One of the most significant violinists in gramophone history, Alfredo Campoli enjoyed tremendous success in the 1930s as a purveyor of light music, both in concerts with his own salon orchestra and on Decca. A series of six 2CD reissues from Eloquence focuses on the violinist’s postwar reinvention of himself as ‘Campoli’, the classical soloist. Edward Elgar dedicated his Violin Concerto to Fritz Kreisler, and Campoli was the outstanding inheritor of Kreisler’s mantle as a violinist of unchallenged technique and a popular touch that endeared him to audiences of all backgrounds. His October 1954 recording of the concerto is lent further distinction by the support of that supreme Elgarian, Sir Adrian Boult, who also accompanies him in a May 1958 account of the Scottish Fantasia of Max Bruch.
Despite his name and his Roman heritage, Campoli was a Londoner through and through who spoke with a Balham accent. Something of his dry humour and outgoing personality can be heard reflected in the 1955 Violin Concerto written for him by Sir Arthur Bliss, who had become Master of the Queen’s Music two years earlier. Having worked closely on the solo part together, composer and soloist made this recording together within weeks of its premiere. The result has an unrivalled authority, as fellow composer Humphrey Searle recognized in The Gramophone Record Review of June 1956: ‘Campoli copes with the very difficult solo part as if it were child’s play’. The concerto is coupled, as it was on the original Decca LP, with the more Romantically yearning Theme and Cadenza which Bliss extracted from the incidental music he had written in 1946 for a radio play concerning a young composer who writes a concerto for his wife as a wedding gift.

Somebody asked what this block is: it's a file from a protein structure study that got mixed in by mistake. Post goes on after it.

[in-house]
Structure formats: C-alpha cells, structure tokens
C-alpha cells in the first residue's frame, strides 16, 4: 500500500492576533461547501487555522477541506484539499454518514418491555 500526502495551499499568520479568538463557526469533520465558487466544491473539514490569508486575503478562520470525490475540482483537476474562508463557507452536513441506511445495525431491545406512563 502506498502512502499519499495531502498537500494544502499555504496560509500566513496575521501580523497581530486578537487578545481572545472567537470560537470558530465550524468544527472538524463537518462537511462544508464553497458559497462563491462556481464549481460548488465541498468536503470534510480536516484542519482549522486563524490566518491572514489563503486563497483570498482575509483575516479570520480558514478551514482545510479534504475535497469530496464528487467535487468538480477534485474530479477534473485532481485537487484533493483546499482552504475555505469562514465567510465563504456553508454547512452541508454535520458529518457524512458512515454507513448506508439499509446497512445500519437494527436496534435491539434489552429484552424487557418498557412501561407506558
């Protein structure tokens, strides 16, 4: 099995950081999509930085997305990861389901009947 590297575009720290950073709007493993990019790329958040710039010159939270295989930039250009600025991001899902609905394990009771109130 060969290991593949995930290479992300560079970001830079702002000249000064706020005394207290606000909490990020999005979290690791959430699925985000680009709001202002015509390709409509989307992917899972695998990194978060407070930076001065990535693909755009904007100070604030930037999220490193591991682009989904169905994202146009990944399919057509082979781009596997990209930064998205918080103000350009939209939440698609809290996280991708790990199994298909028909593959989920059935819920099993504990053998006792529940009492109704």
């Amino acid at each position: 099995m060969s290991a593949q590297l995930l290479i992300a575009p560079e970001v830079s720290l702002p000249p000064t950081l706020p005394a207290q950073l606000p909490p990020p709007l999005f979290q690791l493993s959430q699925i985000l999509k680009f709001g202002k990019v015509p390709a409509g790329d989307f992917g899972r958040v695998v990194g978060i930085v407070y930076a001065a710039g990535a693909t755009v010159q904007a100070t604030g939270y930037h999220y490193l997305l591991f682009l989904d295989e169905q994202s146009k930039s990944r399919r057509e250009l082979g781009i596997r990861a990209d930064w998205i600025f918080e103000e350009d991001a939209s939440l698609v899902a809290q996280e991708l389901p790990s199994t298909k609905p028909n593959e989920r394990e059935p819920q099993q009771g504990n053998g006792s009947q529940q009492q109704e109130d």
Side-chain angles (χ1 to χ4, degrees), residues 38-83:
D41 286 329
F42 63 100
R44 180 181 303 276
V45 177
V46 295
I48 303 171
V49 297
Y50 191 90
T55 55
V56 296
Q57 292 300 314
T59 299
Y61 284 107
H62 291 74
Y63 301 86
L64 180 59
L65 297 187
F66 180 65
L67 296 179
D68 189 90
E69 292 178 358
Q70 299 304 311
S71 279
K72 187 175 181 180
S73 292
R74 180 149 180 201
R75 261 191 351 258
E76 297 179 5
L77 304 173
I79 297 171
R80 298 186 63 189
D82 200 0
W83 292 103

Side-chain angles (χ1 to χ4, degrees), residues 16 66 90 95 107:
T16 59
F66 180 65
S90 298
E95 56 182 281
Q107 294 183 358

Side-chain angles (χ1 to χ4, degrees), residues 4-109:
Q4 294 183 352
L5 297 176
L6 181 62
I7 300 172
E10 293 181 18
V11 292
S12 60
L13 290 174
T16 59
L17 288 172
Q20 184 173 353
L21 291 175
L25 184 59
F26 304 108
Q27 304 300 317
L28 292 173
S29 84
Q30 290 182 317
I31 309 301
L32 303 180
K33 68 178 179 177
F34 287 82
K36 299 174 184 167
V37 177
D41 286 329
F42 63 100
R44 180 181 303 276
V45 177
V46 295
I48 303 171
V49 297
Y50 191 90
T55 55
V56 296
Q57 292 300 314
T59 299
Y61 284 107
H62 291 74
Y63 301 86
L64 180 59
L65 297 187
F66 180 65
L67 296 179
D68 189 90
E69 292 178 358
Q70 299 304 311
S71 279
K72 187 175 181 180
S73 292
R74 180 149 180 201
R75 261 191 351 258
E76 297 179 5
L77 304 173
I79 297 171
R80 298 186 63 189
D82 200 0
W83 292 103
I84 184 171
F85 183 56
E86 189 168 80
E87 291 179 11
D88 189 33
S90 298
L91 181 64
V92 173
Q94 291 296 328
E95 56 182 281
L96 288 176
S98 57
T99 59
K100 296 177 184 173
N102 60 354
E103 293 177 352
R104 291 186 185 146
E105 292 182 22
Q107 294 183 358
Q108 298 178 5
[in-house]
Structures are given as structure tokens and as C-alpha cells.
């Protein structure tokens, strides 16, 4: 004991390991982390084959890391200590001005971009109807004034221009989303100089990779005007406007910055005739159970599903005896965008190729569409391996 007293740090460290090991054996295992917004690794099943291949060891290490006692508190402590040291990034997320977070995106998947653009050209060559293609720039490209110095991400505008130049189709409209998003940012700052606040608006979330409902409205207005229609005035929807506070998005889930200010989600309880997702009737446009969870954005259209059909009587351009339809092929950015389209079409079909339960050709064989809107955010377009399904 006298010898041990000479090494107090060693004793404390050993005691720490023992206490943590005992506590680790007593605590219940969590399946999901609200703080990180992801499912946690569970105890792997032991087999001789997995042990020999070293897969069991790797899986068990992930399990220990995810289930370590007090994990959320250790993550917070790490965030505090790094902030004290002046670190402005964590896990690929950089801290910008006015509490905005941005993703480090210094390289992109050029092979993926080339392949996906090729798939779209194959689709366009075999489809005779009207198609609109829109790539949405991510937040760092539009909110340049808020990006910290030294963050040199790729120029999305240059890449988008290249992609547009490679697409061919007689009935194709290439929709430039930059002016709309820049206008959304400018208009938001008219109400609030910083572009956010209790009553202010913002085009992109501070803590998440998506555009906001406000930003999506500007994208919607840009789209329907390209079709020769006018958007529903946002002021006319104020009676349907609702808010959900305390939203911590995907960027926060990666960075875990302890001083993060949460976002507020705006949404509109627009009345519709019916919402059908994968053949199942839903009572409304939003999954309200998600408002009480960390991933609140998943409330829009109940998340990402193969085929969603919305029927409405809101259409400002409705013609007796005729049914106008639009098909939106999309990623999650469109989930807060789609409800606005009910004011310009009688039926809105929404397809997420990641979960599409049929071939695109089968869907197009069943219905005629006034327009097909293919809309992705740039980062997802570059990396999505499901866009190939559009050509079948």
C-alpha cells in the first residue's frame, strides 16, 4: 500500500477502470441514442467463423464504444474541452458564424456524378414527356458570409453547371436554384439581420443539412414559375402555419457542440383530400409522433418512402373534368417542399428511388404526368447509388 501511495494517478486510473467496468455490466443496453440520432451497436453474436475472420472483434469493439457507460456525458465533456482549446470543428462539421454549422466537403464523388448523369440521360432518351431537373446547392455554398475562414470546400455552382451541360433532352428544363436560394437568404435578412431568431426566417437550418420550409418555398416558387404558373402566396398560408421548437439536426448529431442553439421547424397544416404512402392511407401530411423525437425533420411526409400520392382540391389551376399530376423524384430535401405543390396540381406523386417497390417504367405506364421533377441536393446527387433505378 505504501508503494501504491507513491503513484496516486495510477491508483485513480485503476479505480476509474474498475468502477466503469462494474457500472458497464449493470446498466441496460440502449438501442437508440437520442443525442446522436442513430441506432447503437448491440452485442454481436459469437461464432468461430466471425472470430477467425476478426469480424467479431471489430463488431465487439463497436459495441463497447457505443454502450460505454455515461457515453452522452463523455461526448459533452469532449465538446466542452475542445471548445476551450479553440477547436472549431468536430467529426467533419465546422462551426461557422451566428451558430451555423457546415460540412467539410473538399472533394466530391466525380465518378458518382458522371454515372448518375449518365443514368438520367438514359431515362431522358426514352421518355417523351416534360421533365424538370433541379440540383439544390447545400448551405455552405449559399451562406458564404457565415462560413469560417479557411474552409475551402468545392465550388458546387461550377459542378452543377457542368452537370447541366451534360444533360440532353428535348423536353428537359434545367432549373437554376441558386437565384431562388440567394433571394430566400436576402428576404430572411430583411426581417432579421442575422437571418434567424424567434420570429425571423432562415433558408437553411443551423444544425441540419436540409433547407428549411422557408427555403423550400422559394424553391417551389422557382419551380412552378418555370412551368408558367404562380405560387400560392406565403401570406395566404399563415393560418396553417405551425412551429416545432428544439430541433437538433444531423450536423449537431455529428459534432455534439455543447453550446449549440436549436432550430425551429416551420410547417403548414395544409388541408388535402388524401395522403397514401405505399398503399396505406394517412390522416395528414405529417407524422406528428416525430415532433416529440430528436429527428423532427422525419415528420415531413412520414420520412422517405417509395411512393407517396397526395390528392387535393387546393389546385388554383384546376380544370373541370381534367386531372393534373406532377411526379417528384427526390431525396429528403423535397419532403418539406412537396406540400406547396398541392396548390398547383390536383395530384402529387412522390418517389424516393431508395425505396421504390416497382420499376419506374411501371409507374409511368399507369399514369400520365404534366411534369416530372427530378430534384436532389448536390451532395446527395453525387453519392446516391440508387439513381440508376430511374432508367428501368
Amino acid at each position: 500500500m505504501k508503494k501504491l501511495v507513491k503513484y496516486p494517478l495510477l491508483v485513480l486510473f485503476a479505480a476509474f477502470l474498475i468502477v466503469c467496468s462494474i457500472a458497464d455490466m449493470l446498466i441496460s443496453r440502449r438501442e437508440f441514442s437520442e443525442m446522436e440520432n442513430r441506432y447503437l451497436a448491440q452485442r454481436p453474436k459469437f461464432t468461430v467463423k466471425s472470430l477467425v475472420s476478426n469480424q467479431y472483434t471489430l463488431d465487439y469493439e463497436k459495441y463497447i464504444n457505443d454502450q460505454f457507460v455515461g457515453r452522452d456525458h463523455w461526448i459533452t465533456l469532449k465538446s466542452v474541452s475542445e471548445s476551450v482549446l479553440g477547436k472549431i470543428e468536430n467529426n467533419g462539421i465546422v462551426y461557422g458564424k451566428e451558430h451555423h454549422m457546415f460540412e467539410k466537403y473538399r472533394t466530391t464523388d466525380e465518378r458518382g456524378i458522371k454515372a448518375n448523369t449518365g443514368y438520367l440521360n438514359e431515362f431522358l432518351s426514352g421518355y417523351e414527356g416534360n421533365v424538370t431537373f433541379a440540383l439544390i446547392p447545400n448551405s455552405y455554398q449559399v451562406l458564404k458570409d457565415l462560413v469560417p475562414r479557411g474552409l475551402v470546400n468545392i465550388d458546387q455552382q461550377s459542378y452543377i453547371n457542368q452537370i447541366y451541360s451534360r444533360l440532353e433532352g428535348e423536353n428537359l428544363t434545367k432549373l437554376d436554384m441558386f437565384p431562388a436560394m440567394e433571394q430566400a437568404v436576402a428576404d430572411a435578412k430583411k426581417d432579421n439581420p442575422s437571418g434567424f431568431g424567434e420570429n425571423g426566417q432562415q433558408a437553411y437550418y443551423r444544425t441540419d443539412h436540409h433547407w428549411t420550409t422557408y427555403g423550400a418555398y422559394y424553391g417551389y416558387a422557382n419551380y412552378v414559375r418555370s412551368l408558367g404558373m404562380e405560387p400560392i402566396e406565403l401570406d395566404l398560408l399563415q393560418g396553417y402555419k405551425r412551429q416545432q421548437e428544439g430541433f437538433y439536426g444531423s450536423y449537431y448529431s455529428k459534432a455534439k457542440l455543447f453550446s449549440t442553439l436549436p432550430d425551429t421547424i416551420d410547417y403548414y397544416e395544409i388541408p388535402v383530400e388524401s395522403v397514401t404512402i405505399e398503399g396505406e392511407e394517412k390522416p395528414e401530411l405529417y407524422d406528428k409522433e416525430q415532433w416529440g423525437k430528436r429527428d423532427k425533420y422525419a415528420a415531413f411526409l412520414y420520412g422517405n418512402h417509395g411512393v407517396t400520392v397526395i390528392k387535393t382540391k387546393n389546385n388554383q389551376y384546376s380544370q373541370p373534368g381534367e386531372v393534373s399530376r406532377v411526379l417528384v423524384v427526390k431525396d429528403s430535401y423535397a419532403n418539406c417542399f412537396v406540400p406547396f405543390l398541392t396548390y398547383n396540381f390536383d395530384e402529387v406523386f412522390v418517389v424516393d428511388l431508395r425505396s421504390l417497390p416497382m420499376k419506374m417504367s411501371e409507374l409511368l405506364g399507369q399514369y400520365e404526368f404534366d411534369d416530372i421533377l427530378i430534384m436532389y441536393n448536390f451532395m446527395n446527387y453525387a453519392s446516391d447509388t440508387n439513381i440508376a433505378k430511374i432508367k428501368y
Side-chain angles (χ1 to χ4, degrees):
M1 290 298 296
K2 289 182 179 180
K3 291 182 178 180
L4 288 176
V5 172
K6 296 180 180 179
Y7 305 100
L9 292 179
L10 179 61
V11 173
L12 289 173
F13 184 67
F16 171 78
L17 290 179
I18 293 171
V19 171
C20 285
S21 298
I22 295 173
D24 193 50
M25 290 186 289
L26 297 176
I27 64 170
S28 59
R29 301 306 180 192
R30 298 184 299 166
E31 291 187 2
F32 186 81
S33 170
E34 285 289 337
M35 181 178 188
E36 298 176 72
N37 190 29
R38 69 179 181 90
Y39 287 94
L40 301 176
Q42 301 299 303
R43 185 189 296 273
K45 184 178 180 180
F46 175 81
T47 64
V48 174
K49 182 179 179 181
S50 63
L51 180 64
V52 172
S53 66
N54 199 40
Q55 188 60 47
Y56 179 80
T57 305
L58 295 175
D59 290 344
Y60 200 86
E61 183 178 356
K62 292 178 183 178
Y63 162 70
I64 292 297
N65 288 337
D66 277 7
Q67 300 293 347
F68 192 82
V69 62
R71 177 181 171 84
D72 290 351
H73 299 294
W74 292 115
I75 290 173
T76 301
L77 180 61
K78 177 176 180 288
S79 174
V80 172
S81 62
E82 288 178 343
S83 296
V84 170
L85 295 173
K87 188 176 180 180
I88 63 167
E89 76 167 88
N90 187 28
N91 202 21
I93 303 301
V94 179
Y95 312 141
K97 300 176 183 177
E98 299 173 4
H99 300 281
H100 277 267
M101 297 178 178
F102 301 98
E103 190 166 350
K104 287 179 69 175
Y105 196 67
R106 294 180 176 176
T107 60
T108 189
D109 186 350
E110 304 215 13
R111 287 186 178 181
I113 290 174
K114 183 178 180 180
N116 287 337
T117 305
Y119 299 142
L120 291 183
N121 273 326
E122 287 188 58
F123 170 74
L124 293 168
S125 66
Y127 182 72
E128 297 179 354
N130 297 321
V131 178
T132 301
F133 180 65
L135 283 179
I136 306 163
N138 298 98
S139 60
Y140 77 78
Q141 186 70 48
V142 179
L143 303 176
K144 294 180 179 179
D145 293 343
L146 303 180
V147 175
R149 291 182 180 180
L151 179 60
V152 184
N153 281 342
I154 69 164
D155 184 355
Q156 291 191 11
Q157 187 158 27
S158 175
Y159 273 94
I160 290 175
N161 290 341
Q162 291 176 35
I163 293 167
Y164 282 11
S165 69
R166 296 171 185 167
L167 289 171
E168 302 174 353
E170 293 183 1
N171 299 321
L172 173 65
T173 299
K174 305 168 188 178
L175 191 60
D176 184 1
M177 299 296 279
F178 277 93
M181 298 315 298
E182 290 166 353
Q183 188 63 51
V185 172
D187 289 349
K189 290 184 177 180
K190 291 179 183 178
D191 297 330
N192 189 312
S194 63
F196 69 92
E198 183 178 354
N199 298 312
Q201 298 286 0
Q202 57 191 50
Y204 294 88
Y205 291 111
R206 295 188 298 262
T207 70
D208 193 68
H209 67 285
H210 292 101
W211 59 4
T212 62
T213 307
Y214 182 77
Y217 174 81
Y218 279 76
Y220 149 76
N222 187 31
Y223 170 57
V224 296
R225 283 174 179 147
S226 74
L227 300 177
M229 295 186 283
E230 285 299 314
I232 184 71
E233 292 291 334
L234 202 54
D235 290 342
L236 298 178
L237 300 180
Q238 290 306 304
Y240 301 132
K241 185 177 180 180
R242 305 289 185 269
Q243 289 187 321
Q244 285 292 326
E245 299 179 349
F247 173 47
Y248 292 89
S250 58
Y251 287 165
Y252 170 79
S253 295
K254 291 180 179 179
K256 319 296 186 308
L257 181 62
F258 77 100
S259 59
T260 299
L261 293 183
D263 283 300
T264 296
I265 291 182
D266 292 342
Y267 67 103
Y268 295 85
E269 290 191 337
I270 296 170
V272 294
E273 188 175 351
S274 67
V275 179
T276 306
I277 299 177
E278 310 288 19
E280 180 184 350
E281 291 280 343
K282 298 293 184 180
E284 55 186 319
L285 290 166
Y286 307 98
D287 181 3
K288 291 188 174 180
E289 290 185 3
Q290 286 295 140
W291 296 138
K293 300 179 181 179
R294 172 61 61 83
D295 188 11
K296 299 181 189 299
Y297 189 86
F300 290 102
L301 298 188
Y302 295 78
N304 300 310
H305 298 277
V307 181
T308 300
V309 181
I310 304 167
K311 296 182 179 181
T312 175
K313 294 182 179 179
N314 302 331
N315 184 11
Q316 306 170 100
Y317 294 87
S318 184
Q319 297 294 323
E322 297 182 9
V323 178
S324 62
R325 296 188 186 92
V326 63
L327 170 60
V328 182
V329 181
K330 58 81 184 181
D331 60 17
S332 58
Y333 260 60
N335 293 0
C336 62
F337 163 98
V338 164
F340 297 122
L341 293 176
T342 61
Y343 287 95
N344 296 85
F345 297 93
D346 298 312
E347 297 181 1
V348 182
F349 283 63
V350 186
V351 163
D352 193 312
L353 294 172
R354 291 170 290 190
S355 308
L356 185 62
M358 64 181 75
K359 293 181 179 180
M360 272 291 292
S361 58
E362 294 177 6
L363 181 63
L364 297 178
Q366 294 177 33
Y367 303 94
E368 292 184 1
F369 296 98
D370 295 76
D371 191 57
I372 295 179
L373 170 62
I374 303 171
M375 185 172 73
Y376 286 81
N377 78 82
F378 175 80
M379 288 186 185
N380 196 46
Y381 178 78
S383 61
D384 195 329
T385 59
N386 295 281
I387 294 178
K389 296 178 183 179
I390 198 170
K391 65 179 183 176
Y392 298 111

All the recordings in this series of ‘Alfredo Campoli: The Bel Canto Violin’ have been given new remasterings from original Decca sources. Invaluable context on both artist and repertoire is provided by new booklet essays from Campoli’s biographer David Tunley. ‘Campoli and Boult offer an intense, vigorous, often deeply probing interpretation.’ High Fidelity, June 1957 (Elgar) ‘Campoli has successfully renovated this imposing Edwardian piece without destroying its essential contours; he brings new life to it without seeking to stamp out the old… He is well supported by the orchestra, and safe in the hands of Boult.’ Gramophone, April 1955 (Elgar)